LECTURE OUTLINE 3.2

I. Traditional view of scientific method

A. Extremely objective

B. Define problem, develop hypothesis, test hypothesis, interpret results

C. Other people - some whose views and expectations differ from yours--repeat your study.

D. Eventually, theory is formed.

E. Once formed, theory is continually being tested. If hypothesis from theory is not supported, theory is modified or abandoned.

II. Thomas Kuhn: Conventional idea that science progresses steadily toward a goal is wrong. Instead of continuous evolution of knowledge, we have revolutions, where a new view solves new problems, unsolves old problems. Basic problem is that scientists are human and that the choice of a problem is not totally objective.

A. Paradigms are not totally objective, instead they are:

1. A philosophical view of reality (e.g., is self-esteem important? what about reinforcers?)
This view of reality leads to

2. An assumption of what should be studied and how it should be studied. Paradigm dictates what "acceptable" research is (whether or not internal events, such as thoughts and drives, should be studied depends on the paradigm). By directing what should be studied and how it should be studied, the paradigm leads scientists to:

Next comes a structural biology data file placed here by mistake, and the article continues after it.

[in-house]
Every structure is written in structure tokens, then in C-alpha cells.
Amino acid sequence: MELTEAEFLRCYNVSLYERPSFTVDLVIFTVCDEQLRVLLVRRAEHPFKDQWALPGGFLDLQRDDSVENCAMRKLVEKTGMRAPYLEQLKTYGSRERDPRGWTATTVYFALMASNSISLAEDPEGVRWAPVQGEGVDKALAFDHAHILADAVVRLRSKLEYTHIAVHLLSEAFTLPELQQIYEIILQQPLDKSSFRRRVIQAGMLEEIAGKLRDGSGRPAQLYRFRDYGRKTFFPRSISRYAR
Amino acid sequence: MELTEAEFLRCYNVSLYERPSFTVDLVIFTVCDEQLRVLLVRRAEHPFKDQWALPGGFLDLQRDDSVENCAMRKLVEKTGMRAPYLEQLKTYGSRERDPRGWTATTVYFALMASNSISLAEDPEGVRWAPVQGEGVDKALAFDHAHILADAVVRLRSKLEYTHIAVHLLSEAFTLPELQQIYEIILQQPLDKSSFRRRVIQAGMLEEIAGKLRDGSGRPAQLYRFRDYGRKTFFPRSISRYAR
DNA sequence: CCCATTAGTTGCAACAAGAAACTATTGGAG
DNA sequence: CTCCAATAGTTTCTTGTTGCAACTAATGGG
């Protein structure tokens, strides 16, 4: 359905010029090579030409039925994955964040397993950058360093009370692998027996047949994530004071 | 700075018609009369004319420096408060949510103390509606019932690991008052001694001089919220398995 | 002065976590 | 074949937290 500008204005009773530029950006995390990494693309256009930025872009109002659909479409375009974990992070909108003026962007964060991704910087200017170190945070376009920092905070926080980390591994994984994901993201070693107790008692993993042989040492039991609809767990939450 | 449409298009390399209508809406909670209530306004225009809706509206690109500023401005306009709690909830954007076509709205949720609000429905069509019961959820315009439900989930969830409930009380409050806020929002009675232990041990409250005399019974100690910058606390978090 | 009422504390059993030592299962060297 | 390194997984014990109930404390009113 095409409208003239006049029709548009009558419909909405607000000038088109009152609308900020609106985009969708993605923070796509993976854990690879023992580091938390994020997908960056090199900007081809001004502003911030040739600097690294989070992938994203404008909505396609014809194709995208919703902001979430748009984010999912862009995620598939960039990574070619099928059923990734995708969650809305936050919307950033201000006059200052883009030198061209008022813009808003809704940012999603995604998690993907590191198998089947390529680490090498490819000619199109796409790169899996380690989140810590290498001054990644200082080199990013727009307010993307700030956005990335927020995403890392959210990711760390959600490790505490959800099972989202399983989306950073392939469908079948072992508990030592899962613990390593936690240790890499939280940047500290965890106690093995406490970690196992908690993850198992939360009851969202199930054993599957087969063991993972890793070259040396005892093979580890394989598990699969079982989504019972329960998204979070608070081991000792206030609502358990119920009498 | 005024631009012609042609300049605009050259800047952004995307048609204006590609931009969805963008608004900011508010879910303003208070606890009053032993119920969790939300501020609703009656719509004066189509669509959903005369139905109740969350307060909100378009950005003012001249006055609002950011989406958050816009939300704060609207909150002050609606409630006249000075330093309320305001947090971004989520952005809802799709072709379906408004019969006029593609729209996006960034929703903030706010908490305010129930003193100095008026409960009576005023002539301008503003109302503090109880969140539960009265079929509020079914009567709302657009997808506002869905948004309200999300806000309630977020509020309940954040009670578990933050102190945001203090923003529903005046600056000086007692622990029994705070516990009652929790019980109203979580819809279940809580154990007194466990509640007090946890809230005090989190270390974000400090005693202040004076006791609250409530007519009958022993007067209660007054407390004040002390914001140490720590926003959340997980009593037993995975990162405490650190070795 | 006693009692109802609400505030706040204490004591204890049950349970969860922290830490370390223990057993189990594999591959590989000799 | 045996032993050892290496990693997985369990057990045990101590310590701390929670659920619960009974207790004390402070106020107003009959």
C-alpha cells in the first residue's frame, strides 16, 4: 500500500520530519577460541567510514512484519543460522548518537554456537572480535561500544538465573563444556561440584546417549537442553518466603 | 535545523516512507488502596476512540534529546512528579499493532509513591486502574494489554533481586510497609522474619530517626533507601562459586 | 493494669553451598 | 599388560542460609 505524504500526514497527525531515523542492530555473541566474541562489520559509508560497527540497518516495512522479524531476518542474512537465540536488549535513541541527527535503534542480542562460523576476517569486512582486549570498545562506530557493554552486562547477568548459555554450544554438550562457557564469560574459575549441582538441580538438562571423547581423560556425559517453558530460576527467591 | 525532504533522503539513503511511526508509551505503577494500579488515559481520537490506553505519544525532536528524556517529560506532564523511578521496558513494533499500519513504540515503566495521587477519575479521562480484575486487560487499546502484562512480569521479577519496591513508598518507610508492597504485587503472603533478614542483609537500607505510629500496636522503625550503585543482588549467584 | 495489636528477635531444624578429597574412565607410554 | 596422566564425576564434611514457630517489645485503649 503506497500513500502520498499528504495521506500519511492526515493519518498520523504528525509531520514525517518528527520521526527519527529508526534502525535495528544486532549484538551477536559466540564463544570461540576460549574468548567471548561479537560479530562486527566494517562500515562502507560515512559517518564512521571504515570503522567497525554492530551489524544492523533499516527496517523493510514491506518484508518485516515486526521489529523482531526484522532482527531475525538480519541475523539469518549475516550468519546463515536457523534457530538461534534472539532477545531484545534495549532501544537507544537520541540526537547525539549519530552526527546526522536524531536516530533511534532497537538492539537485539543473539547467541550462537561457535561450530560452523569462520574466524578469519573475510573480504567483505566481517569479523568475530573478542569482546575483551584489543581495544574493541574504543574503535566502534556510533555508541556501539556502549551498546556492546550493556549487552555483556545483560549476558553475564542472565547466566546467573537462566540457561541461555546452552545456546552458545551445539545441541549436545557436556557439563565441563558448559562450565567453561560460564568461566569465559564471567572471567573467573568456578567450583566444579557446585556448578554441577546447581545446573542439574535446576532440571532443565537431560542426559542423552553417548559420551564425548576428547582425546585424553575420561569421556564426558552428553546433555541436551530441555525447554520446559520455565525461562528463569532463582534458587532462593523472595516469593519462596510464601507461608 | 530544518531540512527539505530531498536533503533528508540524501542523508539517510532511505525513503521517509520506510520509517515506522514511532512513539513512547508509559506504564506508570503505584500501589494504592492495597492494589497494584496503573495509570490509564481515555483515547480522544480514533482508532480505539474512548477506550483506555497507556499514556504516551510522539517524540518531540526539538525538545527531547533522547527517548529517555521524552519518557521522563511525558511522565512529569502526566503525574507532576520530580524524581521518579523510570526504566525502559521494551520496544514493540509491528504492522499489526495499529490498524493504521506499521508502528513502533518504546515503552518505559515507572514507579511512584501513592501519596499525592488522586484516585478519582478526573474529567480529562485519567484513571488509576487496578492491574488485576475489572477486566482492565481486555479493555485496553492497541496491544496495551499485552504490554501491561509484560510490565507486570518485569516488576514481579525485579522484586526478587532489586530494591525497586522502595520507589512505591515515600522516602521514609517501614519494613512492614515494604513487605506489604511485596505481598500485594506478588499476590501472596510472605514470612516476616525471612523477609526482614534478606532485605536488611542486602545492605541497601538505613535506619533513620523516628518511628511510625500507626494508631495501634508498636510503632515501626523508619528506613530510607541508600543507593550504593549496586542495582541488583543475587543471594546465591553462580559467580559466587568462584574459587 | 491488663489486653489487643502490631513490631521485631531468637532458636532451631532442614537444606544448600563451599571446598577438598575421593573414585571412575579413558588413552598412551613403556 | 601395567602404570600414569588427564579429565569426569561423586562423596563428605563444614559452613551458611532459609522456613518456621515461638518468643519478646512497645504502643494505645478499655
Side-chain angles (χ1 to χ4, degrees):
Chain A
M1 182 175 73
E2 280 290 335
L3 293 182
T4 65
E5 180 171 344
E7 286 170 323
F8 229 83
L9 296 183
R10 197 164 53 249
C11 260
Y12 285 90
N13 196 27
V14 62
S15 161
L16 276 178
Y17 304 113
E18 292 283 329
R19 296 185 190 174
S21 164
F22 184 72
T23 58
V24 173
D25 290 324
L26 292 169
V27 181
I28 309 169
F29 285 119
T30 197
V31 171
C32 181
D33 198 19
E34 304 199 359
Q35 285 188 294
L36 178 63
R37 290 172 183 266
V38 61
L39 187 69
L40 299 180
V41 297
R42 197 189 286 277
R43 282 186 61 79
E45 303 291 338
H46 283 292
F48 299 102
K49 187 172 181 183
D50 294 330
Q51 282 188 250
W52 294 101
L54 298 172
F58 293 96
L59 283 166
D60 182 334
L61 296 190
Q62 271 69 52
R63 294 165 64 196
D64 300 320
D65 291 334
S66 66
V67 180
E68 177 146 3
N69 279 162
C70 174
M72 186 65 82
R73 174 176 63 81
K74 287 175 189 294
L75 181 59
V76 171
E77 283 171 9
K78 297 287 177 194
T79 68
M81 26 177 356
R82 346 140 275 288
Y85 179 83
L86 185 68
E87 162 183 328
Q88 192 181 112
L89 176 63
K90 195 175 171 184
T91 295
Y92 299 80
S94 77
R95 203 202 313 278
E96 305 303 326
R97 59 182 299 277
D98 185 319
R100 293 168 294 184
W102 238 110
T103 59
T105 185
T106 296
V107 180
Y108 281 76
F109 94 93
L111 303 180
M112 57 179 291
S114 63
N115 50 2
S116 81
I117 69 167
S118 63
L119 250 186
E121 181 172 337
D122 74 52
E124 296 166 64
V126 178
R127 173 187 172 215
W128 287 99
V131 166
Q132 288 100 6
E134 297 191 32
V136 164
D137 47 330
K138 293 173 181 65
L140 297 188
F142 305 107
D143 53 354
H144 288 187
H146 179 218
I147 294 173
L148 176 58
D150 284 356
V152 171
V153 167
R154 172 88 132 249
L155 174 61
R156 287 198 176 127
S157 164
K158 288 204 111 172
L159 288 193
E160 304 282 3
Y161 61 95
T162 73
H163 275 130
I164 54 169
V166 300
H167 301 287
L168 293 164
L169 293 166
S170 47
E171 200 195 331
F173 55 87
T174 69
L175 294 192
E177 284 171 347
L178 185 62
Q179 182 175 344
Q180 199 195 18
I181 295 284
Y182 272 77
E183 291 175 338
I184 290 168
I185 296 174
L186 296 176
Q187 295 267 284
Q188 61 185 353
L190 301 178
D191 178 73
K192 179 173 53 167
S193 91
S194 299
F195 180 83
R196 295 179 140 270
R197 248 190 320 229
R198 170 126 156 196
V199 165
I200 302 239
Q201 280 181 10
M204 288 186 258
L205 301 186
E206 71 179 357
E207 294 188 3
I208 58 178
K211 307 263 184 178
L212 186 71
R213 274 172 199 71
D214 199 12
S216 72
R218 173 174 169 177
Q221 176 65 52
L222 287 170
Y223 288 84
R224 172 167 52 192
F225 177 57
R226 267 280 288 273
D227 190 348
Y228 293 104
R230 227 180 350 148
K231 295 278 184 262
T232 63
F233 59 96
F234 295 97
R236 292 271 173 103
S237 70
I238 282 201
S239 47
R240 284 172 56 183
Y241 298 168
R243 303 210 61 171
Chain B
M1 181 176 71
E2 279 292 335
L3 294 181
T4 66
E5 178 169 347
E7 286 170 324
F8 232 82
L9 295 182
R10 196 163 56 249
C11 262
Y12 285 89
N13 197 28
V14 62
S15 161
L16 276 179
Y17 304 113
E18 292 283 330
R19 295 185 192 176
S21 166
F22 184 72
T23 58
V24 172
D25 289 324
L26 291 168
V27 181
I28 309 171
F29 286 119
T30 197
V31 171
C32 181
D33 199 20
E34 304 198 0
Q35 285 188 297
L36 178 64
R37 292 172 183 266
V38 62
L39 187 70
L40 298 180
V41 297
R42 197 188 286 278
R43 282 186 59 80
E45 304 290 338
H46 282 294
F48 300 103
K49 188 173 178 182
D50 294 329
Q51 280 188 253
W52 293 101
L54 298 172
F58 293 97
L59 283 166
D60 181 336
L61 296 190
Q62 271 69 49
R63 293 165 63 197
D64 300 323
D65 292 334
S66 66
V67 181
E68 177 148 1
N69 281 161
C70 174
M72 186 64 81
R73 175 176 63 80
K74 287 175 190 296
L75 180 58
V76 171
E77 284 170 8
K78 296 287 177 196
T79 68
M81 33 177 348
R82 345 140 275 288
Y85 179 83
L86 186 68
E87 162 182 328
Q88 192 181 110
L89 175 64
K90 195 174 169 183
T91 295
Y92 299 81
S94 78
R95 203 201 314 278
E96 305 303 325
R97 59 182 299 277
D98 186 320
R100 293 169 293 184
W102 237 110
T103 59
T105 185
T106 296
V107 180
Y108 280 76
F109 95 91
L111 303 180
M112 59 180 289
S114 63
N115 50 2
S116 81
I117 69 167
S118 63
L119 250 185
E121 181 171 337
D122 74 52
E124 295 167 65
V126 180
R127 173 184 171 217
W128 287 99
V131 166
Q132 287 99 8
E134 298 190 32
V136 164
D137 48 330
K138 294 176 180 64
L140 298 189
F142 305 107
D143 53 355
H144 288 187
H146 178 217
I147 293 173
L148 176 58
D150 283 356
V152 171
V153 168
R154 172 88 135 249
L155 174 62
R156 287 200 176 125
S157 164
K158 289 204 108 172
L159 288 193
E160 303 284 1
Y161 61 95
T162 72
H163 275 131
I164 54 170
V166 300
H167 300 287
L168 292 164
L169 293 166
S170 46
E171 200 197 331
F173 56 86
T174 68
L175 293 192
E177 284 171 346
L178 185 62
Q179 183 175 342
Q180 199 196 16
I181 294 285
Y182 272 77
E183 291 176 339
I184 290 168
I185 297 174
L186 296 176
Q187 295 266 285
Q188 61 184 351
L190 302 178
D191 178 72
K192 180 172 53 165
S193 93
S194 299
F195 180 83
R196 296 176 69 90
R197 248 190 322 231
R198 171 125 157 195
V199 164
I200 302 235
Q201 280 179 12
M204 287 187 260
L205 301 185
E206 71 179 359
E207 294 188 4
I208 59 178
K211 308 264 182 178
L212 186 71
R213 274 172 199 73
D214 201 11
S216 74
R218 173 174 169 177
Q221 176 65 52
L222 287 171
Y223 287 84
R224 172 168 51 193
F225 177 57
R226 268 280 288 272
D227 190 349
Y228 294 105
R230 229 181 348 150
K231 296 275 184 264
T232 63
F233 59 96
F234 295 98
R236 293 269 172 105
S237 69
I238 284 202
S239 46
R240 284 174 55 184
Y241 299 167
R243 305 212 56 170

3. A specific theory of how things happen (Skinner's "theory"of rf, drive theory, etc.

B. During "Normal Science," a paradigm rules and nobody questions the paradigm's assumptions and view of reality. People perceive that great progress is being made (Structuralists in the 1900s, Behaviorists in the 1940s, etc.).

C. However, for a variety of non-scientific reasons, a paradigm may be abandoned and science may revert back to a pre-paradigmatic state: A time when several paradigms are competing for dominance and as a result of this conflict, normal science is not progressing (Behaviorists vs. Cognitive psychologists arguing which approach is better rather than solving the problems that the respective paradigms would like to address).

D. Conflict among paradigms can't be resolved by presenting facts because facts don't exist independently of paradigms. Followers of different paradigms would not see the relevance of each other's facts. (Imagine presenting bar press data to a Humanist or self-concept research to Skinner!)

III. The current state of psychological science


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